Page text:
Canker update – EU exports maintained
27 July 2018
Citrus Australia’s David Daniels has been working alongside the Department of Agriculture and Water Resources to maintain Australia’s citrus trade with the European Union.
Citrus-growing regions outside the canker exclusion zone have now been recognised as “areas of freedom” meaning that, for those areas, trade can continue as normal.
“Australia is currently able to claim the absence of all types of citrus cankers,” said Nathan Hancock, CEO, Citrus Australia.
“This is because the current incident is limited in its distribution to the NT and WA and is under an official national eradication program. This is important in terms of maintaining access to export markets for our citrus industry.”
Update on detections
There are still a limited number of canker-infected premises, with eleven in the Northern Territory and three in northern Western Australia – all linked to the original outbreak. Between the NT and WA more than 12,000 plants have been destroyed and disposed of.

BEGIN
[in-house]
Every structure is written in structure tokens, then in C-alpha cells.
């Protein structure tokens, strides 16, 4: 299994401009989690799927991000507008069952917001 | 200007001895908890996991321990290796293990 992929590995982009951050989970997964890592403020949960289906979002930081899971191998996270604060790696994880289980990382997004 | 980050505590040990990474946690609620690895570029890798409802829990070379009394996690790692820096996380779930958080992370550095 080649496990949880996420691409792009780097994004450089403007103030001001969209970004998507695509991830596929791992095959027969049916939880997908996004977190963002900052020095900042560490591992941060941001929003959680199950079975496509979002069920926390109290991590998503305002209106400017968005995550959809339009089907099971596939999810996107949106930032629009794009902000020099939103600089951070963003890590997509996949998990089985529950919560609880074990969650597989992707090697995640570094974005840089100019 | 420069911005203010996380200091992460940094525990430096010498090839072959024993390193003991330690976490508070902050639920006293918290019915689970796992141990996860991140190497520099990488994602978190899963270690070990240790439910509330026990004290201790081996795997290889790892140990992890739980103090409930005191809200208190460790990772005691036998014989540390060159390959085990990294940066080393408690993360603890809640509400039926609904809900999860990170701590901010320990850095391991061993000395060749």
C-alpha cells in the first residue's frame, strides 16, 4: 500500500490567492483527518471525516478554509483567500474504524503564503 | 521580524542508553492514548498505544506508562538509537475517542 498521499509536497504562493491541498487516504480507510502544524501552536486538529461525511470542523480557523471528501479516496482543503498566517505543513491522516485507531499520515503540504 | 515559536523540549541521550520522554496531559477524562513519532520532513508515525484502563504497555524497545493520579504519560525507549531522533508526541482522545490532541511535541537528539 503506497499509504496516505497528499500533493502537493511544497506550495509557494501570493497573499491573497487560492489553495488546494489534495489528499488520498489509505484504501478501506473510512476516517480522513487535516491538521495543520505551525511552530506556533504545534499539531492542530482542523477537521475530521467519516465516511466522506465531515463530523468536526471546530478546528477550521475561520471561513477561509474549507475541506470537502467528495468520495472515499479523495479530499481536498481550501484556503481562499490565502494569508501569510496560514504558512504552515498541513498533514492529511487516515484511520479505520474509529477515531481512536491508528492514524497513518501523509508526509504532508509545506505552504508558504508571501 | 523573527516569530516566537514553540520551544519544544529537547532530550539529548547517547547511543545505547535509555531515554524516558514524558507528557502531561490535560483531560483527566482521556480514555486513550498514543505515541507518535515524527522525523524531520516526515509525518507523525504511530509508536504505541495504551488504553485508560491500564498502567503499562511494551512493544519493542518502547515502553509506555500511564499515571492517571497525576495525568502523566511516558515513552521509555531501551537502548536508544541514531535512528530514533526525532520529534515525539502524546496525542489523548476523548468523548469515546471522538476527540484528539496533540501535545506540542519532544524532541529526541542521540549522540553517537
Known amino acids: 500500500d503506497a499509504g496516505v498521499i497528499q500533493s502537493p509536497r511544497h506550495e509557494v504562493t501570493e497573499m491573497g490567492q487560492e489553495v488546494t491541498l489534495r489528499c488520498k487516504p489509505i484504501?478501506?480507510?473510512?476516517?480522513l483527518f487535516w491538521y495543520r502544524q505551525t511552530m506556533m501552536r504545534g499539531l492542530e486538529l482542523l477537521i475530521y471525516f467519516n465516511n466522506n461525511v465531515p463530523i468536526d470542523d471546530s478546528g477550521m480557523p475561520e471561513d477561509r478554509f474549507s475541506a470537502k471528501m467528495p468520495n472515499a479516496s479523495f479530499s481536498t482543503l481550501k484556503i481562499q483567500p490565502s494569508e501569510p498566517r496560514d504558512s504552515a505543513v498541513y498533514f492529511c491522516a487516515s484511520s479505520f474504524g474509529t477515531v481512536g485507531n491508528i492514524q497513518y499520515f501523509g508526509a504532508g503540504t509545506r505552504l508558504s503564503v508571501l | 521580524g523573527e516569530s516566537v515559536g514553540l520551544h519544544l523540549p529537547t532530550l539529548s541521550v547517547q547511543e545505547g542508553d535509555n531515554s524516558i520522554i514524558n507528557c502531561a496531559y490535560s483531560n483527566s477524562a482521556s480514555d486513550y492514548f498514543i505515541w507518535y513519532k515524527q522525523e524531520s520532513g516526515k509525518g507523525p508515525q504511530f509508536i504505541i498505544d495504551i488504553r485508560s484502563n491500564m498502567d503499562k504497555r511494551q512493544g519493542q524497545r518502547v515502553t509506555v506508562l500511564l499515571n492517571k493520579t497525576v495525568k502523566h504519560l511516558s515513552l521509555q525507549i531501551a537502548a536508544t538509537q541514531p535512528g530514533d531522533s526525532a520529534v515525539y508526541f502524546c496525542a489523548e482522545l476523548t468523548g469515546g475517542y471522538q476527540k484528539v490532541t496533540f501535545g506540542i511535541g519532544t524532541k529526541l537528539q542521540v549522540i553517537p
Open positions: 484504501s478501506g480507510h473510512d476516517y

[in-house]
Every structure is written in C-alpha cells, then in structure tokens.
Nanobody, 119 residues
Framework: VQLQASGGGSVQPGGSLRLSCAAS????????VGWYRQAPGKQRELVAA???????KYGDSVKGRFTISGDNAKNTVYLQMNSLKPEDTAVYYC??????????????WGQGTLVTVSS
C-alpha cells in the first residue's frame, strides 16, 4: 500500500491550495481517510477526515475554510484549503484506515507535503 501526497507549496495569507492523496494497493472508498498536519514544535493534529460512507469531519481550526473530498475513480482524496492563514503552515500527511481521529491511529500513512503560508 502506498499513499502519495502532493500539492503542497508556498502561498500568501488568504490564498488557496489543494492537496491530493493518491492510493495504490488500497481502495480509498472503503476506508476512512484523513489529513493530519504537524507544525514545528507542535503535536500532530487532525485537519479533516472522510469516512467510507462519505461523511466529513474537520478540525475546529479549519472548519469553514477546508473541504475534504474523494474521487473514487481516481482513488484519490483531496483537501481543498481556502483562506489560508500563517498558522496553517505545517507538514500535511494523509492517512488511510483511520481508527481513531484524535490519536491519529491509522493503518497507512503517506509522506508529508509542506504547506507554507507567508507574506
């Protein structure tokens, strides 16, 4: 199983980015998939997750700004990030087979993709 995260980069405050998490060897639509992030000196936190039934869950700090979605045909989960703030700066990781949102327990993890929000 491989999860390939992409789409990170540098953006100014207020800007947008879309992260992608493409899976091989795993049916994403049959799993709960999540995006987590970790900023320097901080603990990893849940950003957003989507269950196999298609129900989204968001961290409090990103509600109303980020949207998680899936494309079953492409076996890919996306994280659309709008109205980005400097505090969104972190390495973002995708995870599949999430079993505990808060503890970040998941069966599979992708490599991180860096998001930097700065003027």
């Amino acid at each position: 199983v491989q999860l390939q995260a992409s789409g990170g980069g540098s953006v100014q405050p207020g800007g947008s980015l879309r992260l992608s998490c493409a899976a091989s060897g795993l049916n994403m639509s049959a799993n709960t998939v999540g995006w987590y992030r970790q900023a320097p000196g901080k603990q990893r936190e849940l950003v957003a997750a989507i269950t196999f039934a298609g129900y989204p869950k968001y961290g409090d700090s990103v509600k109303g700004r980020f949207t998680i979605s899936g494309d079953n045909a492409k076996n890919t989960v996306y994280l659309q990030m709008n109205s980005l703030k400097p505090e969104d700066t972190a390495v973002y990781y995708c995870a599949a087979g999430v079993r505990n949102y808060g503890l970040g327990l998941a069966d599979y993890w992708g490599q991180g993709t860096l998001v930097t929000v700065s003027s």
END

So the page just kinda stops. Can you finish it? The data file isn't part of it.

Surveillance has shown that infected plants remain limited to those supplied from a single site in Darwin. There has been no spread from these infected plants to other host plants.
Other states have also conducted surveillance and testing. In total, around 7,000 traces have been investigated across Australia, and no canker has been found.
“Tracing and surveillance activities located these new sites and these activities are ongoing,” said Nathan. “The Australian Government has deployed staff to the response, in particular to address uniform approaches to the tracing and surveillance methodology as well as communication.
“Three national working groups are tasked with reviewing the strategy, tracing and surveillance methods respectively – the Australian Government is leading each of these groups.
“Eradication of canker has been achieved in past outbreaks and is deemed feasible in this instance.”